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Detroit to commemorate 99th anniversary of Armenian Genocide

Detroit to commemorate 99th anniversary of Armenian Genocide

PanARMENIAN.Net - As the 99th anniversary of the Armenian Genocide in Turkey approaches, churches across Metro Detroit are preparing to memorialize those who were lost and those who suffered. Parishioners from four Metro Detroit churches will hold a commemoration ceremony at 7 p.m. April 24 at St. Sarkis Armenian Apostolic Church in Dearborn, The Detroit News reported.

The commemoration will capture stories of the hardships, like those in the life of the Genocide survivor Ramela Carman. Carman was just a baby in 1915, when the Turkish government began exterminating Armenians or exiling them to other parts of the Ottoman Empire. Her father was a skilled tradesman who had to flee for his life, leaving his family behind and disguising himself as a Turk in order to survive.

“My father, for a long time, we know he’s someplace but we don’t know where he is,” said Carman, who turns 100 today and taught herself English after moving to Michigan in 1960. “

Later on, Carman’s family was reunited, but her father died of kidney failure soon after, forcing Carman to starting working at age 12.

Carman says she has never forgotten the Genocide and the impact on her life. “My father’s brothers, my mother’s brothers, all gone. My family, all gone. Still I don’t believe it. This is Armenian life.”

The commemoration ceremony will include a requiem service and parishioners will go outside to light candles near a monument for the martyrs, said the Rev. Hrant Kevorkian, pastor of St. Sarkis.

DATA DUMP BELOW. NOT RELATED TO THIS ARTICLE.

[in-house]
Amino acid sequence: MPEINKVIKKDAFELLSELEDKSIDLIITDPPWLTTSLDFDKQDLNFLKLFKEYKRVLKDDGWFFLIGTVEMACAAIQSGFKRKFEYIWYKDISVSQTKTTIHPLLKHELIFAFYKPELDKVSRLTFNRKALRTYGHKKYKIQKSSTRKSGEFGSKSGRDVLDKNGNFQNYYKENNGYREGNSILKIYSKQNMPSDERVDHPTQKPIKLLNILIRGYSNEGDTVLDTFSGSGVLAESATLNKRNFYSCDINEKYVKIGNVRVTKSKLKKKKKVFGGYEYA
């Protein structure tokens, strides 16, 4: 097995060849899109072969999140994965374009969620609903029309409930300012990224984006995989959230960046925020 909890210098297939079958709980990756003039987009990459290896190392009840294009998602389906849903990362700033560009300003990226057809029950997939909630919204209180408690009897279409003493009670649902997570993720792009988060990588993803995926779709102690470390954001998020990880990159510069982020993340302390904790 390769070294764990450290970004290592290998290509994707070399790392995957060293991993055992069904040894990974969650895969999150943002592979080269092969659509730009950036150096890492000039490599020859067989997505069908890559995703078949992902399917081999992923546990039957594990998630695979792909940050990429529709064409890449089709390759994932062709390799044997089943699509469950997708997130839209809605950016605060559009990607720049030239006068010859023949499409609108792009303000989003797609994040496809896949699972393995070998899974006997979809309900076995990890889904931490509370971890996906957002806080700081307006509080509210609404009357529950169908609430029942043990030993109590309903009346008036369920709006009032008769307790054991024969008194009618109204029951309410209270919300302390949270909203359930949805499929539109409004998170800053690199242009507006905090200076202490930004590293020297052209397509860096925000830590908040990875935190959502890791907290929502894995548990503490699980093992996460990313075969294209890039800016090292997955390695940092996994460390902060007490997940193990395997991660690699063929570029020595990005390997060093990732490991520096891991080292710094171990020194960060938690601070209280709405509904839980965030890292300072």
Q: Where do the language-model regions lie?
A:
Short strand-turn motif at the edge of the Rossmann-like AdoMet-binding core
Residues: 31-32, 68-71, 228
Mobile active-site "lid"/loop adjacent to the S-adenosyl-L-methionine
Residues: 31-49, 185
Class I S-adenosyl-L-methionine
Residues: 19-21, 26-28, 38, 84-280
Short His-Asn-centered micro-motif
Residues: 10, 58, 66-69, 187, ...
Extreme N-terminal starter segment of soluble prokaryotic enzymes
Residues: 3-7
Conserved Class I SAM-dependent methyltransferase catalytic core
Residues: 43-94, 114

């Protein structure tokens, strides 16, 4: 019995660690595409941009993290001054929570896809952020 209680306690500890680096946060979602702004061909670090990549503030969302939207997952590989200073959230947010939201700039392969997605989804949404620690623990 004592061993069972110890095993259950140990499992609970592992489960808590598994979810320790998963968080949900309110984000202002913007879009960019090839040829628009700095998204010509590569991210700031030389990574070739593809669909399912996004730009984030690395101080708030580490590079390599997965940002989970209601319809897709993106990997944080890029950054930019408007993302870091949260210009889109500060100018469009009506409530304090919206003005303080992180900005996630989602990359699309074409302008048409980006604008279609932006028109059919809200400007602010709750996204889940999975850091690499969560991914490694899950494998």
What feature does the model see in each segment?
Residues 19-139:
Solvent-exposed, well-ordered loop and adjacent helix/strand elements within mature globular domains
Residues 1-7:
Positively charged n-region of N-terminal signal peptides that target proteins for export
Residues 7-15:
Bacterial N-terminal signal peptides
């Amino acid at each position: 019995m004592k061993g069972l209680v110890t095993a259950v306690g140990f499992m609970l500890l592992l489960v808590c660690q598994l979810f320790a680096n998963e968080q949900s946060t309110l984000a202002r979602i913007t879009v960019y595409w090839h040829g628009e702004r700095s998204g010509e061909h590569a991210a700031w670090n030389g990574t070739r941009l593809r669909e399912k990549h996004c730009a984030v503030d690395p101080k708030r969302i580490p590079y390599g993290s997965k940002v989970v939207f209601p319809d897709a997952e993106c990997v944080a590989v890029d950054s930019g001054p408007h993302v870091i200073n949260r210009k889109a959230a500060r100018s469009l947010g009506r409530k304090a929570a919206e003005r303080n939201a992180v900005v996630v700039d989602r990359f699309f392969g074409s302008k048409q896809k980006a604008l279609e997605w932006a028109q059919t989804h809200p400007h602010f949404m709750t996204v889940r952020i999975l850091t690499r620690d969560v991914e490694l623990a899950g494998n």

“The importance of the Genocide is that it’s related to each of us,” Kevorkian said of the Armenian population in Metro Detroit. “One way or another, the reason we are here today is because of the Genocide and being pushed off our land and moving around the world.”

The Armenian Genocide

The Armenian Genocide (1915-23) was the deliberate and systematic destruction of the Armenian population of the Ottoman Empire during and just after World War I. It was characterized by massacres, and deportations involving forced marches under conditions designed to lead to the death of the deportees, with the total number of deaths reaching 1.5 million.

The majority of Armenian Diaspora communities were formed by the Genocide survivors.

Present-day Turkey denies the fact of the Armenian Genocide, justifying the atrocities as “deportation to secure Armenians”. Only a few Turkish intellectuals, including Nobel Prize winner Orhan Pamuk and scholar Taner Akcam, speak openly about the necessity to recognize this crime against humanity.

The Armenian Genocide was recognized by Uruguay, Russia, France, Lithuania, the Italian Chamber of Deputies, majority of U.S. states, parliaments of Greece, Cyprus, Argentina, Belgium and Wales, National Council of Switzerland, Chamber of Commons of Canada, Polish Sejm, Vatican, European Parliament and the World Council of Churches.

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